Russia aside from borscht, caviar and vodka isn’t exactly known for its cuisine. However, in our many years of travelling through this vast and varied country YPT guides have encountered some amazing Russian foods! This is our guide to ordering and eating well in Russia.
To begin, the biggest obstacle is language, many cheap and delicious places in Russia don’t have English speaking staff or menus, and if they do have an English menu it is usually bizarrely translated. This can be very off-putting to travellers. Take your time and know some keywords:
Russian type of samosa filled with assortments of cabbage, potatoes and meat. Just think samosa with a Russian accent.
Russian style ravioli which can contain numerous combinations of ingredients topped with a sauce of some kind.
Sour cream. Now if you’re like me you’re obsessed with sour cream. This makes a great addition to many Russian foods, however sometimes needs to be asked for. Think of it as the “cement” of the meal and the word should pop into your head.
A Russian favourite which can be served with different jams, caviar and of course sour cream. Found nearly everywhere, they are cheap and quick if you’re in a rush.
From the Islamic influence of surrounding nations this is Russia’s answer to a kebab stick. Marinated in spices and served with a bit of flat bread and sauce it’s definitely a must try for the meat lovers.
Now for Russian’s and anyone who’s taken the trans-Siberian borscht is life. Simple and like blini found everywhere. Always cheap, always reliable and served with a dollop of sour cream what’s there not to love.
The Russian word for medalions, found in many restaurants and usually made from pork, these can be served with roasted vegetables and a great sauce. Perfect for a main meal.
This is perfect as a starter or when having some friendly vodka shots and you need a chaser. Zaguday is raw fresh fish with olive oil, onions and a bit of pepper. Absolutely amazing and is perfect with everyone’s favourite alcoholic potato juice.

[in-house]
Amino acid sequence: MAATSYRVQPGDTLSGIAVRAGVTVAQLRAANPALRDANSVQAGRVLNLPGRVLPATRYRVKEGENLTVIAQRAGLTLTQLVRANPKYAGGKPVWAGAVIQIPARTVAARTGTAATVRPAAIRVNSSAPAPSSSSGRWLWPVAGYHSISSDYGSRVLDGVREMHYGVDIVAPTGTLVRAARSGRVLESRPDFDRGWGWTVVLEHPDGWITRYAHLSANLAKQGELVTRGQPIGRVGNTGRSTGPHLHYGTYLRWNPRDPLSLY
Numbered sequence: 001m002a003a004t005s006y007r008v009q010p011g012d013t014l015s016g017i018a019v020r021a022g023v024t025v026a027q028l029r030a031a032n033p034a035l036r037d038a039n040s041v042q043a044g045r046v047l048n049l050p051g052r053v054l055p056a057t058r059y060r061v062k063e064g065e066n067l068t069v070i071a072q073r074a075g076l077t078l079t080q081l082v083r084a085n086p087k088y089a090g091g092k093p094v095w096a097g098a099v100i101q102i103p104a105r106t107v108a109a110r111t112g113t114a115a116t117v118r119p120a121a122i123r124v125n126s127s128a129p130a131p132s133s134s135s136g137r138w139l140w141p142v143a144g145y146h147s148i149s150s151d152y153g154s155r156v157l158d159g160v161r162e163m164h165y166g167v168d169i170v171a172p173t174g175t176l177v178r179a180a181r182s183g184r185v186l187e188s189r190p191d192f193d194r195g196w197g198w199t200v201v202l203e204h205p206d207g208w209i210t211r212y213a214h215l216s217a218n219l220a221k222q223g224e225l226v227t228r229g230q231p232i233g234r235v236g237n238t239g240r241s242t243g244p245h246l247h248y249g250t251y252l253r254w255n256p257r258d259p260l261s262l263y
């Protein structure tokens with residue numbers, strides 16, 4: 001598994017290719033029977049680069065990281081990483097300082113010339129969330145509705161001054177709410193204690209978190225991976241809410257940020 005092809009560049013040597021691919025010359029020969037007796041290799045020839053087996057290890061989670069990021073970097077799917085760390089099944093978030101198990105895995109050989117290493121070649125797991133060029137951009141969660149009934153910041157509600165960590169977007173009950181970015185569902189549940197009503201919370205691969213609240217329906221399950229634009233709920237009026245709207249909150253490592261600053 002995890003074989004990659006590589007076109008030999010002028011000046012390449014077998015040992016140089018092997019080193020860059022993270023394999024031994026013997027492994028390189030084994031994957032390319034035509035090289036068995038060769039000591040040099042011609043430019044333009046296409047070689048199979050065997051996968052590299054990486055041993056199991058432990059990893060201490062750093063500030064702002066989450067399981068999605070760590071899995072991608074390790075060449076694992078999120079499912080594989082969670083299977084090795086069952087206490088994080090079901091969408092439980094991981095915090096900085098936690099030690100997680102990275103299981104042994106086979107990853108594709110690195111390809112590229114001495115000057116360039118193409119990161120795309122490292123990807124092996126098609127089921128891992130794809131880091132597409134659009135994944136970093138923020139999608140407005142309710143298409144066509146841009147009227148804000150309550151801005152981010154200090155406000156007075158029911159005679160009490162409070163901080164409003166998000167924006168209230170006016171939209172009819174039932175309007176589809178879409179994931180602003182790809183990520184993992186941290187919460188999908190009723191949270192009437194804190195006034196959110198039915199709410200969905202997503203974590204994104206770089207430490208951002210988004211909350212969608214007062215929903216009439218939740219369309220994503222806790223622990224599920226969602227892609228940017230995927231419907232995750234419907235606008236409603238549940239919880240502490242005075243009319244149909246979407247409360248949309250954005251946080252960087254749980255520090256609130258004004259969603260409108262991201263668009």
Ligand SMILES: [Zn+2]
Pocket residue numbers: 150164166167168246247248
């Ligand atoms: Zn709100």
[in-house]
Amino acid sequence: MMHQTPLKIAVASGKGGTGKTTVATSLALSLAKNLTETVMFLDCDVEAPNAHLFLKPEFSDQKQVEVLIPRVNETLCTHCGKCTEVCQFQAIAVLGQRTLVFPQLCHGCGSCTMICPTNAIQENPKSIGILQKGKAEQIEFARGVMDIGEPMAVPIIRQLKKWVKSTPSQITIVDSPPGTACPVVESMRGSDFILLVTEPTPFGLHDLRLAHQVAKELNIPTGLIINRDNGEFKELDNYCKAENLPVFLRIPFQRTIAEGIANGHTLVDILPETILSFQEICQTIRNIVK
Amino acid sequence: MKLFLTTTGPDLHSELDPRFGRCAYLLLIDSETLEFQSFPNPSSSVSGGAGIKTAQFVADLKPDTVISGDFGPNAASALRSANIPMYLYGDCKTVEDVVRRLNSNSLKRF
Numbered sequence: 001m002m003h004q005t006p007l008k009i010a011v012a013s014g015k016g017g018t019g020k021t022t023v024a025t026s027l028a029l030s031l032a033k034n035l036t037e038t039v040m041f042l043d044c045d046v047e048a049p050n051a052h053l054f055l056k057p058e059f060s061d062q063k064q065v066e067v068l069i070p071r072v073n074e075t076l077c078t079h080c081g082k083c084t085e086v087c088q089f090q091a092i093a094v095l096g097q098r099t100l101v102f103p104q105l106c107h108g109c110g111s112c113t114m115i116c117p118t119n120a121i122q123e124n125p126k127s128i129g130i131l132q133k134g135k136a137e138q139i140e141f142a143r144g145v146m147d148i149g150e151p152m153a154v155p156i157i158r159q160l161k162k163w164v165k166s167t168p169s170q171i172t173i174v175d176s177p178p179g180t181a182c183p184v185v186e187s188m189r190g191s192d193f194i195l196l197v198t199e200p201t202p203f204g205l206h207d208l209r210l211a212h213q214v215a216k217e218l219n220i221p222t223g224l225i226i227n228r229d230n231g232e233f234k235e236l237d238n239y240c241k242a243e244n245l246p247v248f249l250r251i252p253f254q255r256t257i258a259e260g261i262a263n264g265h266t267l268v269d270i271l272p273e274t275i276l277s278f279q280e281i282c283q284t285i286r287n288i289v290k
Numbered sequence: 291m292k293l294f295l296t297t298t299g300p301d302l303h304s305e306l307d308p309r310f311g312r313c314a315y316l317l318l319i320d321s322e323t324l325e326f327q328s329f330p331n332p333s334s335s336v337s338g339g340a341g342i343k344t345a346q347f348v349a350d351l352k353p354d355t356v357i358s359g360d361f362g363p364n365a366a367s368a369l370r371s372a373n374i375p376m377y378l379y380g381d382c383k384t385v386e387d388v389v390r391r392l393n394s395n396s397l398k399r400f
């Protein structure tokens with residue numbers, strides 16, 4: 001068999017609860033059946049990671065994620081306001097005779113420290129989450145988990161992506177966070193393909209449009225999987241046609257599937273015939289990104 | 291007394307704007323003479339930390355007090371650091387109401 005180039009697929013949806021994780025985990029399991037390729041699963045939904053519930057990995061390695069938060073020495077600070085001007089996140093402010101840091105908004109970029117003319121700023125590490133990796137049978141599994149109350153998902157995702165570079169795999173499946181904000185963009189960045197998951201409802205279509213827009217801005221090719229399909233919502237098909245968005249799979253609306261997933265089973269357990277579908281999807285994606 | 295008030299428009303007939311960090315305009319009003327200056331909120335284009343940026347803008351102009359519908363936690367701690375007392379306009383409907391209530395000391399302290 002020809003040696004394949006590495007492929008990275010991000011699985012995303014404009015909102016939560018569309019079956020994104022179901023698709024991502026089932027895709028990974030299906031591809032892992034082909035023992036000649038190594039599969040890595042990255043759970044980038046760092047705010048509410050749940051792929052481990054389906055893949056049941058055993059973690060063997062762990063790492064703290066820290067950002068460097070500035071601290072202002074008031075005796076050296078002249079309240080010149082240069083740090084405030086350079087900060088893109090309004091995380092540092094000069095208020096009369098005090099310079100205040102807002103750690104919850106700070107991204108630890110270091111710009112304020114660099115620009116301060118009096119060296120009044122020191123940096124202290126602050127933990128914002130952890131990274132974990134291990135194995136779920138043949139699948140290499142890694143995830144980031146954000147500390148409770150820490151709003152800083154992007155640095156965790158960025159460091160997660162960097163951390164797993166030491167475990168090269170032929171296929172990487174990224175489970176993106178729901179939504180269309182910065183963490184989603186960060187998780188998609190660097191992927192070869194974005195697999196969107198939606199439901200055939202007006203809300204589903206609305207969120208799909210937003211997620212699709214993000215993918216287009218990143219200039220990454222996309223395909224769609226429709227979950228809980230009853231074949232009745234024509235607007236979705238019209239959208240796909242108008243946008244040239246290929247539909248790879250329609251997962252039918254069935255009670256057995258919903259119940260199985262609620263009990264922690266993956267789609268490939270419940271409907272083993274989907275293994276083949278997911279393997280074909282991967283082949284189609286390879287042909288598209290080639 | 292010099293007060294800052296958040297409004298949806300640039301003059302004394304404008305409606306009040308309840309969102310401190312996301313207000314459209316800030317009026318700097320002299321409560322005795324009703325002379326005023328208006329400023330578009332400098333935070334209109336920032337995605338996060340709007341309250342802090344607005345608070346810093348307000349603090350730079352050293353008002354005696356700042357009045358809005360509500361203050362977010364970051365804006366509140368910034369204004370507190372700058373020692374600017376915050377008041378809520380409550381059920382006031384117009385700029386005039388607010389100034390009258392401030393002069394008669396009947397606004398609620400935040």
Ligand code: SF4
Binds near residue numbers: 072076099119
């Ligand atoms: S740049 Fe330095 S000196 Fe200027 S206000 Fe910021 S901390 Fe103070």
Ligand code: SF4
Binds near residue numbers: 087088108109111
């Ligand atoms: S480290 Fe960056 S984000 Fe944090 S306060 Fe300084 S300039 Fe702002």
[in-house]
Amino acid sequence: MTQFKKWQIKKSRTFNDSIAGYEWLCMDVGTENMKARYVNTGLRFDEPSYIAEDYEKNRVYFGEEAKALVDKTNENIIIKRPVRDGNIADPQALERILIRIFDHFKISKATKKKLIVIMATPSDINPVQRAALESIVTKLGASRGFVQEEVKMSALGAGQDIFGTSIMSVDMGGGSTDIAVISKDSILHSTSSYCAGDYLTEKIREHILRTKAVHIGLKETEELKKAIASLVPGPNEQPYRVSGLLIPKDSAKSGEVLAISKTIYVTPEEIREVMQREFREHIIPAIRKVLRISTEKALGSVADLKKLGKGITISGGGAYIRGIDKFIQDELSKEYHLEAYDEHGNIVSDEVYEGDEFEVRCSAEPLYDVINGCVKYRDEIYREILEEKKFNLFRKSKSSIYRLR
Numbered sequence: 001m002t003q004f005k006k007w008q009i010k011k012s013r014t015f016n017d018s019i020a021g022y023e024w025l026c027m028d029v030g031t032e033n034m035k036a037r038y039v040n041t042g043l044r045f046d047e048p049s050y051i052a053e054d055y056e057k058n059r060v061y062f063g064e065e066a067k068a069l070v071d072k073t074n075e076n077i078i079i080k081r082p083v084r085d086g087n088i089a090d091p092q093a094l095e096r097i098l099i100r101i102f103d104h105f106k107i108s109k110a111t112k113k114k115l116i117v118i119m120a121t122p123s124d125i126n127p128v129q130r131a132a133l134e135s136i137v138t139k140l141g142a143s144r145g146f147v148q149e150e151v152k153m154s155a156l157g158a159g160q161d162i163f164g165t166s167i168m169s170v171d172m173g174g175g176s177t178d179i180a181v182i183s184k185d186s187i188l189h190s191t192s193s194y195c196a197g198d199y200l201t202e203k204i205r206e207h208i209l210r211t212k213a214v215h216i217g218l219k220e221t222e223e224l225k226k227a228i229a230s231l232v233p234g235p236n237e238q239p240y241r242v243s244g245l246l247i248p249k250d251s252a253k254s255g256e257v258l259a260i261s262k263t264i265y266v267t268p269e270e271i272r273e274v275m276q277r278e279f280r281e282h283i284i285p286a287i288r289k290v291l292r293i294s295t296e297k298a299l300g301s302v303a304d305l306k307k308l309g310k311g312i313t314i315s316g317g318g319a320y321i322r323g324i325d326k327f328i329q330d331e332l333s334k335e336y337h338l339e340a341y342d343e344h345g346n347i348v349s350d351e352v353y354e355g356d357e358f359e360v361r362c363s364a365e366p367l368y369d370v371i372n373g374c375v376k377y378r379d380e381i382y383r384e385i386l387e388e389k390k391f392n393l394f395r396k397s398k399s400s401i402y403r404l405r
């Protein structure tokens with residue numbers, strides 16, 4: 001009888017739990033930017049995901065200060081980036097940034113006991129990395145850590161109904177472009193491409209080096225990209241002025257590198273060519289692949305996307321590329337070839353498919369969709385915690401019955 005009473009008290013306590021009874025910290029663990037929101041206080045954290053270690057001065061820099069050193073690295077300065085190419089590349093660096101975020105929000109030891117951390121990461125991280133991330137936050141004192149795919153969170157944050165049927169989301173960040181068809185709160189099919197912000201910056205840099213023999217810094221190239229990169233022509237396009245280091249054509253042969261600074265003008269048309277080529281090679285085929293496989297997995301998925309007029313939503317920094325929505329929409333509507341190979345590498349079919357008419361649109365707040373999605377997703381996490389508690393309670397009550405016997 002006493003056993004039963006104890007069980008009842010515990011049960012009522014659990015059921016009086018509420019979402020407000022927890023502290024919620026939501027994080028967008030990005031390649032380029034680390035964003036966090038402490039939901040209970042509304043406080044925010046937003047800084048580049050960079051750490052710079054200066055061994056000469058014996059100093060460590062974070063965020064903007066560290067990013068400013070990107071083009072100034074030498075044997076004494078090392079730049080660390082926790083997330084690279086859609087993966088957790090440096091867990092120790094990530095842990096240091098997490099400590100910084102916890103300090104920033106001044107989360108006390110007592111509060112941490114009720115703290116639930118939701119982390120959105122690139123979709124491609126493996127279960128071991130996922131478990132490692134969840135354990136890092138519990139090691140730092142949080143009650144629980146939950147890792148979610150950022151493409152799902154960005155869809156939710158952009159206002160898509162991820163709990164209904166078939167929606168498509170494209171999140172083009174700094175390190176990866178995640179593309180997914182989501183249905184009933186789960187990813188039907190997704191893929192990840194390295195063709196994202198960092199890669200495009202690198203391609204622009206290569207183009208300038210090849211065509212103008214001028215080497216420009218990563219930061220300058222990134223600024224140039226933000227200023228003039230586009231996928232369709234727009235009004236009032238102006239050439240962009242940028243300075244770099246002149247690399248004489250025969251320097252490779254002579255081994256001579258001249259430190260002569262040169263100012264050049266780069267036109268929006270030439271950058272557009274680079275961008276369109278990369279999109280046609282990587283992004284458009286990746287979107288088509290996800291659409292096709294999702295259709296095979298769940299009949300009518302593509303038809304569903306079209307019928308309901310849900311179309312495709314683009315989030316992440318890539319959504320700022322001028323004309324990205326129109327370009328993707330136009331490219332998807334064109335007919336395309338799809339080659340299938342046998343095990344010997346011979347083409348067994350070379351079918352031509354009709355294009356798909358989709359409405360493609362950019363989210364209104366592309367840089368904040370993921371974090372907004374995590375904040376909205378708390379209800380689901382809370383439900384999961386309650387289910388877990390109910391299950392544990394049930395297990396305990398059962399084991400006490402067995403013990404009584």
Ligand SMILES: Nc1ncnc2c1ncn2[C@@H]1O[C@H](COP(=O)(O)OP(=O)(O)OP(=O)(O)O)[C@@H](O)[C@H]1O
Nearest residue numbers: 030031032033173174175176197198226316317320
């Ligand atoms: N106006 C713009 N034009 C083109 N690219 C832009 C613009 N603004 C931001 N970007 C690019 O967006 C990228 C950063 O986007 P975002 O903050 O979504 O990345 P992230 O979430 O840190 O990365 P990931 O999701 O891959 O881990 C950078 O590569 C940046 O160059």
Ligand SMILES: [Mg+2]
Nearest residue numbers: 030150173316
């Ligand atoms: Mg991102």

Beer. When you order beer in Russia you will be offered the brand name and if you want light (as in colour not alcohol content) or dark. Light is known as svetloye and dark is called temnoye. Every time I crave a beer I simply say piva svetlyoe (in an atrocious accent) and it gets the job done eventually.
This is the Russian word for fried. Super useful to know as there are many things like Kartofle zherenoe (French fries), or my favourite sir zherenoe (fried cheese).
Secondly, people working in restaurants in Russia can sometimes be very intimidating. I personally have experienced what seemed like a scolding from an old Russian babushka because I was taking too long to figure out the menu. Don’t fight the babushka, love the babushka and smile and she will help you through your culinary excursion.
Lastly, manners in Russia go a very long way. Learn please and thank you.
Spasiba – thank you
Pozhalusta – please (seems way to long for please but trust me this word is golden)
If you follow this quick guide, you’ll be eating an array of different Russian-inspired delicacies and ready for a YPT tour to Russia.
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